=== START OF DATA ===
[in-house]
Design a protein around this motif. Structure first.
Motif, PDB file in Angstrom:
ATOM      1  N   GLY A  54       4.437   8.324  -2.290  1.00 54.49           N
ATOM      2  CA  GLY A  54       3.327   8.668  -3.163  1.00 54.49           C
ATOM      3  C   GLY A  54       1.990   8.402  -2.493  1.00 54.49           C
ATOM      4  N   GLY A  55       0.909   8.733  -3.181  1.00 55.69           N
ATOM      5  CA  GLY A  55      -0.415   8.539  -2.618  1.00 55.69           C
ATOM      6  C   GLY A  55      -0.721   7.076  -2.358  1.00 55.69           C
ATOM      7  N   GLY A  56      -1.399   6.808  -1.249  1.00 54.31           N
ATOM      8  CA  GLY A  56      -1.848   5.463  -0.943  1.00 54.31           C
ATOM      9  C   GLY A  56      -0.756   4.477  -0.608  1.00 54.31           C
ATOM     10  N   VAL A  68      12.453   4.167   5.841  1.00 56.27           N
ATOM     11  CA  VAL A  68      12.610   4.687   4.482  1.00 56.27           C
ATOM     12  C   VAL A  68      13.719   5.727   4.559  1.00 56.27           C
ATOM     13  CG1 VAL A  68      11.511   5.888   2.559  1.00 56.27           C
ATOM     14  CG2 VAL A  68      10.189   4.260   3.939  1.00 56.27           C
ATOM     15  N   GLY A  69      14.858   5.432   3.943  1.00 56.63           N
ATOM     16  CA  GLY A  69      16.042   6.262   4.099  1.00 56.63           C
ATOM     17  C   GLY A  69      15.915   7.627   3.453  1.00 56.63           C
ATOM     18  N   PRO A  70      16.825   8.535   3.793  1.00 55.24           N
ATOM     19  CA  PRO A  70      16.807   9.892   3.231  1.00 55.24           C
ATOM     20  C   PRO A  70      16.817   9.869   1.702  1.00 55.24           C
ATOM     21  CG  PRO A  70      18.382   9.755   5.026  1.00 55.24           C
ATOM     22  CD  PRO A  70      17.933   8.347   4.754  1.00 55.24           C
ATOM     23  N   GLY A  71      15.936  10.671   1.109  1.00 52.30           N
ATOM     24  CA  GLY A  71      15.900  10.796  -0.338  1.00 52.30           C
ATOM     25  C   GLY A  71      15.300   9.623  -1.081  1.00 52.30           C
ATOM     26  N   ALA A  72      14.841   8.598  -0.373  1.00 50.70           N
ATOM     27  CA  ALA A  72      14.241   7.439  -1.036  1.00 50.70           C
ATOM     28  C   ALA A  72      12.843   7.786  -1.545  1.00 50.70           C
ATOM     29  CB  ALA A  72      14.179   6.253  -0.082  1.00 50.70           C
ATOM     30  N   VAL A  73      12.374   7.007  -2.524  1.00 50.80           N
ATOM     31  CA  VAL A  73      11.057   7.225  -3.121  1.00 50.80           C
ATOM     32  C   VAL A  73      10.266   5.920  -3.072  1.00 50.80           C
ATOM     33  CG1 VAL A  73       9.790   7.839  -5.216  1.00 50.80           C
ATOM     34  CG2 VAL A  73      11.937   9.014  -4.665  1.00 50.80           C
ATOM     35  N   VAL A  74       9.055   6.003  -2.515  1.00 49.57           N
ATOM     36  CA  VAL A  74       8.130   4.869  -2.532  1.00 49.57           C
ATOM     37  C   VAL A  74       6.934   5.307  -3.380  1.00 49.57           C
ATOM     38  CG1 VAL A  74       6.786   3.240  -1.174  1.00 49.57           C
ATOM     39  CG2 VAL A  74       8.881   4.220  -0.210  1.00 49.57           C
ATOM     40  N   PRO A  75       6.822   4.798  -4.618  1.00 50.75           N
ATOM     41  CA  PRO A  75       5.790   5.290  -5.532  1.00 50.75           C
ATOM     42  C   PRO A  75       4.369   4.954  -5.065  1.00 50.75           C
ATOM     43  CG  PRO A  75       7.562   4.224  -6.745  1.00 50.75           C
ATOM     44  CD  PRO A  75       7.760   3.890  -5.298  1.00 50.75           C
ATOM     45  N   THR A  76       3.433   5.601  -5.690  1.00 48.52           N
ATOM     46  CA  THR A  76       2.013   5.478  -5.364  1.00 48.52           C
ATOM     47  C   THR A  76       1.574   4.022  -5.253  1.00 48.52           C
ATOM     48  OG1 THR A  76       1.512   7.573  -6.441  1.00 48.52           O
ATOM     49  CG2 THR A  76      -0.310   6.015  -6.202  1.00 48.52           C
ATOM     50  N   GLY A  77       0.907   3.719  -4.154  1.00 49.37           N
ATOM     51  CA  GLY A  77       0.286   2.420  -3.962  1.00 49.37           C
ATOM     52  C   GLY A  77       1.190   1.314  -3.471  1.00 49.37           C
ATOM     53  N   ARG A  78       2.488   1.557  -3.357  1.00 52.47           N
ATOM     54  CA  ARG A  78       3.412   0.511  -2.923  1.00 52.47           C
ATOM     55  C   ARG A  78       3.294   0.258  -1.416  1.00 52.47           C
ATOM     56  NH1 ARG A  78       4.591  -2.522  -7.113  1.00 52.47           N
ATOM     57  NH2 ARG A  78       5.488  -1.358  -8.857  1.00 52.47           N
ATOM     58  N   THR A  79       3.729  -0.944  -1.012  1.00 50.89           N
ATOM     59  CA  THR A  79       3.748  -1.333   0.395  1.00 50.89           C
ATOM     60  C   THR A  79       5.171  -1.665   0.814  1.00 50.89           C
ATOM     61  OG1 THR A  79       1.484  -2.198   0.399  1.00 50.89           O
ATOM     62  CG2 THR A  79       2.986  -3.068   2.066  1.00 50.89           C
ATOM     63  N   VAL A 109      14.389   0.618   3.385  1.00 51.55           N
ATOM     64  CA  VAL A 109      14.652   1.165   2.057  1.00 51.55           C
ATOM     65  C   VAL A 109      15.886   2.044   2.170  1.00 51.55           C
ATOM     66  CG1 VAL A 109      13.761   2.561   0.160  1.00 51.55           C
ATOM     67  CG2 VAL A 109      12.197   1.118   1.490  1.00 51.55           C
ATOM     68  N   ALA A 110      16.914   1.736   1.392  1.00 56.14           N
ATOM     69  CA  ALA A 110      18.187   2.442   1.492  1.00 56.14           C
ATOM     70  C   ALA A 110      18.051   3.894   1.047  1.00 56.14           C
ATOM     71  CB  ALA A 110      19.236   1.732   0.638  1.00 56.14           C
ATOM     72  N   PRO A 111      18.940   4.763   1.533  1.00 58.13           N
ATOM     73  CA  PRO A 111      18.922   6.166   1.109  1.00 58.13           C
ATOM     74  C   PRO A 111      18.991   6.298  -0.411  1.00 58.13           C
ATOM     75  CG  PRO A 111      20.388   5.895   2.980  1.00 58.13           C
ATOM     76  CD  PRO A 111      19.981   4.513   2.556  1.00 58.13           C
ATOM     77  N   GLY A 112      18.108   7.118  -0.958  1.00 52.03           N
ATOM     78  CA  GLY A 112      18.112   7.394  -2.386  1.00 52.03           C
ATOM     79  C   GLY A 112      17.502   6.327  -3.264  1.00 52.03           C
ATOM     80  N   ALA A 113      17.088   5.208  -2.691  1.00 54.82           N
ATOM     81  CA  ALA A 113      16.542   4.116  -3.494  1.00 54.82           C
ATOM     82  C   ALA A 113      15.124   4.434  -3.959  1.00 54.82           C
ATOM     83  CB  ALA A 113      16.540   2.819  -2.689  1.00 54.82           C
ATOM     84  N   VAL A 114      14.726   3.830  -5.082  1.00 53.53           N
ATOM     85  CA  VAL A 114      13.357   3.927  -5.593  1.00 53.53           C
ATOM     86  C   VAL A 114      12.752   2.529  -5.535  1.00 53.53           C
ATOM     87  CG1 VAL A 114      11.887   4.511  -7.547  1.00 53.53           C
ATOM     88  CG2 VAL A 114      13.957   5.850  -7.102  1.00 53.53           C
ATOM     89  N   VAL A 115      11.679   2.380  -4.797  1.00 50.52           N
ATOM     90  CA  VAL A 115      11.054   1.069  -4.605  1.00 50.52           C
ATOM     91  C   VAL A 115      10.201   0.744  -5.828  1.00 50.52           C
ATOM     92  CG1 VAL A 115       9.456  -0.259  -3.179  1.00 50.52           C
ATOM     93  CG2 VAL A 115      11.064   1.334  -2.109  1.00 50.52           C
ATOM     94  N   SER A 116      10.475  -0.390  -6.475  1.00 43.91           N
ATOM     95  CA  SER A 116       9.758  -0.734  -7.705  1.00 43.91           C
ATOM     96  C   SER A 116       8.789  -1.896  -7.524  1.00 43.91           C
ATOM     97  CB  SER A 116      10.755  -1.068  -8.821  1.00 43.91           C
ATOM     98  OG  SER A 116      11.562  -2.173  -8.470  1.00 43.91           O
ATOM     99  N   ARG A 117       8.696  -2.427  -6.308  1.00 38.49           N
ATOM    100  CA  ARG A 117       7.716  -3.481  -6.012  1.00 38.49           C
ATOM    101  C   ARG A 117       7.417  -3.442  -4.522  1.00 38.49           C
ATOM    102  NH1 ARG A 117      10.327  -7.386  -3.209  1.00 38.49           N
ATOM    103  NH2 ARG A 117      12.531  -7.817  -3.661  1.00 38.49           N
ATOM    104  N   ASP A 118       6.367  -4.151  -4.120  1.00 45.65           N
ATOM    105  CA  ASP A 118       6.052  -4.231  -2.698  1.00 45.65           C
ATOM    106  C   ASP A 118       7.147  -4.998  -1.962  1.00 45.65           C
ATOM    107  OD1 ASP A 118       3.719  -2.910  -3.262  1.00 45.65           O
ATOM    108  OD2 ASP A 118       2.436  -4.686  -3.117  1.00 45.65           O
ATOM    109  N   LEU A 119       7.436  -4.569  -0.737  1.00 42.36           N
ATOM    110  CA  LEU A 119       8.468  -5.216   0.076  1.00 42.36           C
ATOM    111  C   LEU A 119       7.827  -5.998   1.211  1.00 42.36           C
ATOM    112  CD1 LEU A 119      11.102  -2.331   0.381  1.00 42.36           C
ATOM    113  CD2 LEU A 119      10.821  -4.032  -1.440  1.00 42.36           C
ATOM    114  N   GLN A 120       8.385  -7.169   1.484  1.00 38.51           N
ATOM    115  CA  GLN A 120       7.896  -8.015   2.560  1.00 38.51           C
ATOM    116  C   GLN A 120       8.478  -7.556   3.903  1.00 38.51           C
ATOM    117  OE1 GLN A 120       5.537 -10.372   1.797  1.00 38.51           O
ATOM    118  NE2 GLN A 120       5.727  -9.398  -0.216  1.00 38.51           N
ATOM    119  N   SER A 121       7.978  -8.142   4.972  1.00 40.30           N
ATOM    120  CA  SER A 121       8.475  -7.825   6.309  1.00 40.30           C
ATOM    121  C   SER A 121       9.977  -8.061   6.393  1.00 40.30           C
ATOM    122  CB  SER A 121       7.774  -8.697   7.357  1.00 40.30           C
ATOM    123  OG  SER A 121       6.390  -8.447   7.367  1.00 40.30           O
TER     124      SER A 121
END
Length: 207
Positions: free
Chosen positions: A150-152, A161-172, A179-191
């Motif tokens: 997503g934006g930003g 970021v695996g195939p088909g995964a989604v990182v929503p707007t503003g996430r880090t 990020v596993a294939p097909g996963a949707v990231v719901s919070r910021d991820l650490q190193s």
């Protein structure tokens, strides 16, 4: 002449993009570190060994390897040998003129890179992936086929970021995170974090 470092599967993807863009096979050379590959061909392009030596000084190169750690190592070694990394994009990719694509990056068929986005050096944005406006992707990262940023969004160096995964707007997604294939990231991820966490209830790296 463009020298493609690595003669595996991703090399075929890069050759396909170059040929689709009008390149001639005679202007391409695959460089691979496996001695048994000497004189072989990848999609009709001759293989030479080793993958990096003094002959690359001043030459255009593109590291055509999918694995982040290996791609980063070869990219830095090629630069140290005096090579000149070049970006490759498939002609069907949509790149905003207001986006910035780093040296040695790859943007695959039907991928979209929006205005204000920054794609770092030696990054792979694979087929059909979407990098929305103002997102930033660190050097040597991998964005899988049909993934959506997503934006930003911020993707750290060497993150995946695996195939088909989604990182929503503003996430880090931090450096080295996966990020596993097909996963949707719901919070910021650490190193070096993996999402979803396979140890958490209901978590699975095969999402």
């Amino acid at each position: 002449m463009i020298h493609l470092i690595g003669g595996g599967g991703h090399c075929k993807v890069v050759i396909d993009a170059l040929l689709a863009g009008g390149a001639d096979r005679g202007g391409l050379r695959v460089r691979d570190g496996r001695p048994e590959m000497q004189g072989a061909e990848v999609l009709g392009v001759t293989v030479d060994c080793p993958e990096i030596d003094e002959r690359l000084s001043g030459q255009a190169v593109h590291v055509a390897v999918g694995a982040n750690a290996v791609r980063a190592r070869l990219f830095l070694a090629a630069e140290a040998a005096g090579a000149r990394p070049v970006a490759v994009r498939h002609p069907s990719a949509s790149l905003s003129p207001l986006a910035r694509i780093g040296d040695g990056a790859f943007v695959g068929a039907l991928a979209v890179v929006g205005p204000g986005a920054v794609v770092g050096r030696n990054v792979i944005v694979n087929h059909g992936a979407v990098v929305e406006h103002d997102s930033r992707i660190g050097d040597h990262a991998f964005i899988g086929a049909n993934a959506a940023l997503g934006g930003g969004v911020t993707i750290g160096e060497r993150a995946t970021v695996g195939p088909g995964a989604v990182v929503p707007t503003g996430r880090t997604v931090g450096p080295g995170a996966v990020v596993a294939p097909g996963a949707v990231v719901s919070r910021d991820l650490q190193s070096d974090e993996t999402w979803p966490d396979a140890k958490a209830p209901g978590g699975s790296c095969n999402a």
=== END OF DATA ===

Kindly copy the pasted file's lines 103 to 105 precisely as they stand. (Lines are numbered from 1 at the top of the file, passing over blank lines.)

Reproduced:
ATOM    100  CA  ARG A 117       7.716  -3.481  -6.012  1.00 38.49           C
ATOM    101  C   ARG A 117       7.417  -3.442  -4.522  1.00 38.49           C
ATOM    102  NH1 ARG A 117      10.327  -7.386  -3.209  1.00 38.49           N